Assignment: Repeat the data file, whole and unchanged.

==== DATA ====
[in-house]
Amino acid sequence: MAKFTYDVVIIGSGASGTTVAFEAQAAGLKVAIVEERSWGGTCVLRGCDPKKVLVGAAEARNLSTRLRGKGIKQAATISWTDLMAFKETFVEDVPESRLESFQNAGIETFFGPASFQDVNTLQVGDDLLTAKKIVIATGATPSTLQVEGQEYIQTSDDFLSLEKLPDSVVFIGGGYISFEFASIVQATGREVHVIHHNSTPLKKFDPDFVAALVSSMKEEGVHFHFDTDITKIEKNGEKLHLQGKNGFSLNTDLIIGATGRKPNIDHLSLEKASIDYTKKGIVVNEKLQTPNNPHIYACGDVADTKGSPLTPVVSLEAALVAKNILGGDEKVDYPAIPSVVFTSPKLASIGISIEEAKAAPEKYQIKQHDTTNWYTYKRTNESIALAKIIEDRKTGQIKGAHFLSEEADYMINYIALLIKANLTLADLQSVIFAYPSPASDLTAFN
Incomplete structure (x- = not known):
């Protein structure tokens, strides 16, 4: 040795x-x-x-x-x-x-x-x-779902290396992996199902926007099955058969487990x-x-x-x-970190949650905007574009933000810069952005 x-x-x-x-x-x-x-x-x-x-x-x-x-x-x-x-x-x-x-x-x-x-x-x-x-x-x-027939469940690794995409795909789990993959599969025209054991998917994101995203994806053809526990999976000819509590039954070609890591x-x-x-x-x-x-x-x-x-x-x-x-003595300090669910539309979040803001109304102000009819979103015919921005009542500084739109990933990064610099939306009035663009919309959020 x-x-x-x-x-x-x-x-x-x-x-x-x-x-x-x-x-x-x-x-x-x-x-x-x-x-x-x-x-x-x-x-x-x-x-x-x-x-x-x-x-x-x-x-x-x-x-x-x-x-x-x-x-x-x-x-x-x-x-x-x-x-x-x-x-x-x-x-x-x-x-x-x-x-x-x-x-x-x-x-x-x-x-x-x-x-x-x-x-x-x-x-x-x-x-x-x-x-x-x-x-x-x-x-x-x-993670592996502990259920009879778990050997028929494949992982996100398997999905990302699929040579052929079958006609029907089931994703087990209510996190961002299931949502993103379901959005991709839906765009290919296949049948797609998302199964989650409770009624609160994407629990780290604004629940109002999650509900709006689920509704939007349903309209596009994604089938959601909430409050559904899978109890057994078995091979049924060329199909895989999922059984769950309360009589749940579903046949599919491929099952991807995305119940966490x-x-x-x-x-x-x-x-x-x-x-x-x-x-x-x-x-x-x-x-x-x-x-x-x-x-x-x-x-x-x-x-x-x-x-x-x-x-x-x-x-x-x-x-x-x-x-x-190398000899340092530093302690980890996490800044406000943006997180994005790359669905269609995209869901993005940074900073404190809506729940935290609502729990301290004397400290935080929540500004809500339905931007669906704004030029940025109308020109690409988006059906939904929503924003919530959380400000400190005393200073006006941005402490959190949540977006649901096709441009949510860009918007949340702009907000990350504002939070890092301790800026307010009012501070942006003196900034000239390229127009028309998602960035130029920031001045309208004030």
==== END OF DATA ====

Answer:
[in-house]
Amino acid sequence: MAKFTYDVVIIGSGASGTTVAFEAQAAGLKVAIVEERSWGGTCVLRGCDPKKVLVGAAEARNLSTRLRGKGIKQAATISWTDLMAFKETFVEDVPESRLESFQNAGIETFFGPASFQDVNTLQVGDDLLTAKKIVIATGATPSTLQVEGQEYIQTSDDFLSLEKLPDSVVFIGGGYISFEFASIVQATGREVHVIHHNSTPLKKFDPDFVAALVSSMKEEGVHFHFDTDITKIEKNGEKLHLQGKNGFSLNTDLIIGATGRKPNIDHLSLEKASIDYTKKGIVVNEKLQTPNNPHIYACGDVADTKGSPLTPVVSLEAALVAKNILGGDEKVDYPAIPSVVFTSPKLASIGISIEEAKAAPEKYQIKQHDTTNWYTYKRTNESIALAKIIEDRKTGQIKGAHFLSEEADYMINYIALLIKANLTLADLQSVIFAYPSPASDLTAFN
Incomplete structure (x- = not known):
């Protein structure tokens, strides 16, 4: 040795x-x-x-x-x-x-x-x-779902290396992996199902926007099955058969487990x-x-x-x-970190949650905007574009933000810069952005 x-x-x-x-x-x-x-x-x-x-x-x-x-x-x-x-x-x-x-x-x-x-x-x-x-x-x-027939469940690794995409795909789990993959599969025209054991998917994101995203994806053809526990999976000819509590039954070609890591x-x-x-x-x-x-x-x-x-x-x-x-003595300090669910539309979040803001109304102000009819979103015919921005009542500084739109990933990064610099939306009035663009919309959020 x-x-x-x-x-x-x-x-x-x-x-x-x-x-x-x-x-x-x-x-x-x-x-x-x-x-x-x-x-x-x-x-x-x-x-x-x-x-x-x-x-x-x-x-x-x-x-x-x-x-x-x-x-x-x-x-x-x-x-x-x-x-x-x-x-x-x-x-x-x-x-x-x-x-x-x-x-x-x-x-x-x-x-x-x-x-x-x-x-x-x-x-x-x-x-x-x-x-x-x-x-x-x-x-x-x-993670592996502990259920009879778990050997028929494949992982996100398997999905990302699929040579052929079958006609029907089931994703087990209510996190961002299931949502993103379901959005991709839906765009290919296949049948797609998302199964989650409770009624609160994407629990780290604004629940109002999650509900709006689920509704939007349903309209596009994604089938959601909430409050559904899978109890057994078995091979049924060329199909895989999922059984769950309360009589749940579903046949599919491929099952991807995305119940966490x-x-x-x-x-x-x-x-x-x-x-x-x-x-x-x-x-x-x-x-x-x-x-x-x-x-x-x-x-x-x-x-x-x-x-x-x-x-x-x-x-x-x-x-x-x-x-x-190398000899340092530093302690980890996490800044406000943006997180994005790359669905269609995209869901993005940074900073404190809506729940935290609502729990301290004397400290935080929540500004809500339905931007669906704004030029940025109308020109690409988006059906939904929503924003919530959380400000400190005393200073006006941005402490959190949540977006649901096709441009949510860009918007949340702009907000990350504002939070890092301790800026307010009012501070942006003196900034000239390229127009028309998602960035130029920031001045309208004030």